Sisi and Morsi

There were a couple pieces of breaking news this morning, one being that chemical weapons were allegedly used by Syrian government forces (the situation there I hope to have a post on soon) and two, that an Egyptian court has ordered the release of Hosni Mubarak. While this is still a developing story, and according to the AP it is unclear as to whether he will end up being released (Mubarak is currently being held for an additional 48 hours pending appeal), this ruling potentially articulates a shift in public opinion, and undoubtedly reveals a swing in the pendulum of revolution. The Egyptian people, as other revolutions before them, have once again divided upon themselves and, as in many prior cases, the political power has reverted to those with the greatest monopoly of violence, the military.

There has been speculation that Egypt will follow the path of Syria into outright civil war. There is some academic research that supports this due to the ungovernable Sinai peninsula which already has the beginnings of an insurgency and the porous Libyan border.* This latter reality has caused a nearly two-year long influx of weapons from post-Ghaddafi Libya into an Egyptian population that has been arming itself since before the latest outbreak of violence. The argument could be made however that an armed population could deter the government from escalating violence and the centrality of the population around the Nile valley could limit the effectiveness of any potential insurgency.

I will not deem to pretend that I can predict what will happen in Egypt in the coming weeks and months, the situation is very unstable and as of this weekend, violent. It will, however, be difficult for the interim-government to maintain the legitimacy of claims that there is “room for all“, if the leadership of the Muslim Brotherhood are all in prison. The push must be made for stability, both politically and economically, and fortunately this is what the military has focused on (at least the former) since the revolution in January 2011. It was, after all, the military who essentially pushed out their patron, Mubarak, by maintaining their neutrality through the protests of 2011. While today’s court ruling may be some kind of reparation by those in power for that abandonment, the timing is unfortunate. The paradox of (potentially) releasing the imprisoned former ruler, while nearly simultaneously arresting the leadership of the opposition in the midst of widespread protests and violence following a coup** is a politically dangerous one that, again, undermines the legitimacy of the interim-government and potentially that of any government that follows it.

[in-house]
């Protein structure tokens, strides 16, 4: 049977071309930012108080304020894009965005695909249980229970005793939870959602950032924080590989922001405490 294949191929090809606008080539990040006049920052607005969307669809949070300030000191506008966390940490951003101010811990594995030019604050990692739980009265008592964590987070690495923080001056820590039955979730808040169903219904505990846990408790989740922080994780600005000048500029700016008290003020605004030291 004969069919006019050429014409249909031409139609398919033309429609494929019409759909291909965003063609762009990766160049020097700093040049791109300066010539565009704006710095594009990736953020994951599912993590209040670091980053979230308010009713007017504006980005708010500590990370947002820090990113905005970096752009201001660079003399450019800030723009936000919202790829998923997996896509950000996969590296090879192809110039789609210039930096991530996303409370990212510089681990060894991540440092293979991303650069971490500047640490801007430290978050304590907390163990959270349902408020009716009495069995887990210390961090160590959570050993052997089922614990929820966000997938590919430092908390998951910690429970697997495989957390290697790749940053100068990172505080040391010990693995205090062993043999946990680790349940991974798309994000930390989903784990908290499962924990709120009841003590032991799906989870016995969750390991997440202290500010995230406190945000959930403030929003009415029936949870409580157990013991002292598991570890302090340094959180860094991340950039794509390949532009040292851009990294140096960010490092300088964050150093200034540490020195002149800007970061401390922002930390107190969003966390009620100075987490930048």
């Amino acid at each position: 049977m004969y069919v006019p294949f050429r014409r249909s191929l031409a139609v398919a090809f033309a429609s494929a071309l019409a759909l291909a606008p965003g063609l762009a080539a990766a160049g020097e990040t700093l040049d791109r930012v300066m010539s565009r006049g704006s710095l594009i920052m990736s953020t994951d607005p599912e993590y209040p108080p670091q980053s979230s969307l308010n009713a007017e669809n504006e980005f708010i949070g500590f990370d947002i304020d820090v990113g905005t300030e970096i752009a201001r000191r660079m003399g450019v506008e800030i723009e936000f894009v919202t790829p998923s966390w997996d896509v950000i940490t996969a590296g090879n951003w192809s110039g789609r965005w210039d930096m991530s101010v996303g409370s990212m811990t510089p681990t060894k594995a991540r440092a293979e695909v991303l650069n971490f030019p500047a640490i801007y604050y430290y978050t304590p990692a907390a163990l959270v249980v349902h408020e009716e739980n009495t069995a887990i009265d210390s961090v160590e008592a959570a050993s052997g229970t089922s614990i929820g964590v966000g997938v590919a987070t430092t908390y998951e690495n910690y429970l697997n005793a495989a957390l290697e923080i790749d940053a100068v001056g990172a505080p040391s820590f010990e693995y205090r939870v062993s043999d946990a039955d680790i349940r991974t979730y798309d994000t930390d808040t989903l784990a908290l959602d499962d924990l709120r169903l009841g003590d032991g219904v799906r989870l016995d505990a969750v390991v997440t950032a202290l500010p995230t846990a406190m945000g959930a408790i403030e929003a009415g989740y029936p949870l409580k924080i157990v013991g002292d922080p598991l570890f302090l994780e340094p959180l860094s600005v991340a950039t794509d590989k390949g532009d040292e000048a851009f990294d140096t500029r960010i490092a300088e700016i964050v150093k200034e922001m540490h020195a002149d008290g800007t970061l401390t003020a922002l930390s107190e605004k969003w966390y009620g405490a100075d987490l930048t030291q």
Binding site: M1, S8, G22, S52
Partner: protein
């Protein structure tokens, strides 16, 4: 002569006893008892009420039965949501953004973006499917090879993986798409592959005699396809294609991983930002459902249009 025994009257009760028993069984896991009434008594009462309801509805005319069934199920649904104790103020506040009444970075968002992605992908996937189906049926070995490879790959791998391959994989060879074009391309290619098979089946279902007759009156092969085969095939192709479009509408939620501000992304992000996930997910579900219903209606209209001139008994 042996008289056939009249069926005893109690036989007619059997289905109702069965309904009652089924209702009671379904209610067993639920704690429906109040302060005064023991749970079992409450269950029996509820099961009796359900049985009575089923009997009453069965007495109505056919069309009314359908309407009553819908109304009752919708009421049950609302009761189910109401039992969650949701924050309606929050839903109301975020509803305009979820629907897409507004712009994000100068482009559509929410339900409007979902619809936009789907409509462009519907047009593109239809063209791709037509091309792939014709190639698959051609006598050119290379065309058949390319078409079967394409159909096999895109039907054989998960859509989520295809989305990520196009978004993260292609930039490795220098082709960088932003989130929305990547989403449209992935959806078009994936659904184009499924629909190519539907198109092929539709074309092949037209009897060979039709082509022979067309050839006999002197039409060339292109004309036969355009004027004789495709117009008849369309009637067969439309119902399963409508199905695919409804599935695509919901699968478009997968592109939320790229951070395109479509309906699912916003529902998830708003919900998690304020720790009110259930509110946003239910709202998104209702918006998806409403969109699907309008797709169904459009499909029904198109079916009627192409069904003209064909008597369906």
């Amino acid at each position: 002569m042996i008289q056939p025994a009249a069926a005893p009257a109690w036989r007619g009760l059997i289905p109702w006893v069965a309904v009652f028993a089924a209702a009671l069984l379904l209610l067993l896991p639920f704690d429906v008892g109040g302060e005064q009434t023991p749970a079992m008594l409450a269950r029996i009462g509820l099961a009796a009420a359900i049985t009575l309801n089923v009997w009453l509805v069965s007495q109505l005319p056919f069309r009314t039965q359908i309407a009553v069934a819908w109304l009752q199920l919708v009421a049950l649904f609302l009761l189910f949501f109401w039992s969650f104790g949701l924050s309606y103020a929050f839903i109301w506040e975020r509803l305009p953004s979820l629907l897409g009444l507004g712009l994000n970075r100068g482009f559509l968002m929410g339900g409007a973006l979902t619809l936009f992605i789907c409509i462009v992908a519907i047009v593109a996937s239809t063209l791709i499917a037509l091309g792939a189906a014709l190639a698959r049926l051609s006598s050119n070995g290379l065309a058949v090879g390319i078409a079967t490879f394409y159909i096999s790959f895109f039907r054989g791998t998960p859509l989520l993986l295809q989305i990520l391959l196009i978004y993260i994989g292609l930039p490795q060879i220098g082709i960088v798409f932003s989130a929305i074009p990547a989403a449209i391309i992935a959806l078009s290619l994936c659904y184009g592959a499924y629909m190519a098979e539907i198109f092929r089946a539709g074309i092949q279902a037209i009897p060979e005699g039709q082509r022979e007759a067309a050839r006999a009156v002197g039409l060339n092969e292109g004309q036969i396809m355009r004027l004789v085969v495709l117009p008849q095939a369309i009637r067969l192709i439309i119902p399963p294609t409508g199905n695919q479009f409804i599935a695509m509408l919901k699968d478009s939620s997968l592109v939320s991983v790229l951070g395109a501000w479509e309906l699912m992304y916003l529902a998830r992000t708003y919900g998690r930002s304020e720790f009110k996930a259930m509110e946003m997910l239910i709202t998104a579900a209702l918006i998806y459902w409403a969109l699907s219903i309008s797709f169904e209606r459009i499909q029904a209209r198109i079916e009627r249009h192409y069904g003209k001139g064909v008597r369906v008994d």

Taking a couple large steps back, the proverbial “arc of history” comes into view. Western Europe was arguably the first region to overthrow an oligarchic political system, in that case feudalism, replacing it with firmly democratic systems of government. That process took some 150 years and remnants of feudalism still remain, albeit with little actual power. The point is that political systems have an innate inertia that, despite seemingly rapid changes such as the overthrow of a government here or there via popular revolution or military coup, slows real political progress and change to a glacial grind. While this grind has increased speed in recent decades due to the communication revolution and the internet (what is politics if not the spread of ideas?) we should not assume that Egypt or indeed the entirety of the so-called “Arab Spring” will be over soon nor should we overreact to events like potential release of Mubarak. These changes and revolutions may, and probably will remain a political reality through the end of this decade, with various other seasonal metaphors (read “Arab Winter“) thrown in. The importance of these years should not be understated. Much like the French Revolution(s), the Revolts of 1848 and the various revolutions and counter-revolutions surrounding the birth and death of European Communism, these events and years are historic. Any policy or opinion should look beyond the immediate events and interests to this greater arc and aim to come down on the “right side of history”.

UPDATE: According to the AP, Mubarak is to be placed under house arrest upon his release. This seemingly middle path of only semi-release lends itself primarily to the notion that the military is fundamentally interested in stability over all else. That being said, the comfortable conditions of a Mubarak under house arrest will by no means sit well with Muslim Brotherhood members and supporters whose leaders are still in prison, not villas in Sharm el-Sheik.

*(Cullen S. Hendrix (2011): “Head for the Hills? Rough Terrain, State Capacity, and Civil War Onset”, Civil Wars, 13:4, 345-370. Also for a more general discussion on the causes of civil war Blattman and Miguel (2010): “Civil War”, Journal of Economic Literature, 48:1, 3-57)

**Despite the lack of a “formal declaration” by the US government on labeling it a coup, let’s be honest, it’s a coup.

One thought on “Egyptian court orders release of Mubarak

  1. Contrary to how this is being framed in the media, the release of Mubarak demonstrates that there is still some respect for the rule of law in Egypt as he has served the maximum amount of pre-trial detention allowable in the case. While we may not like what the law says sometimes, it is still the law and it should not be discarded for the sake of expediency. Having said that, there are many other instances in Egypt where the rule of law has been ignored/abused and the timing of his release could not be worse.

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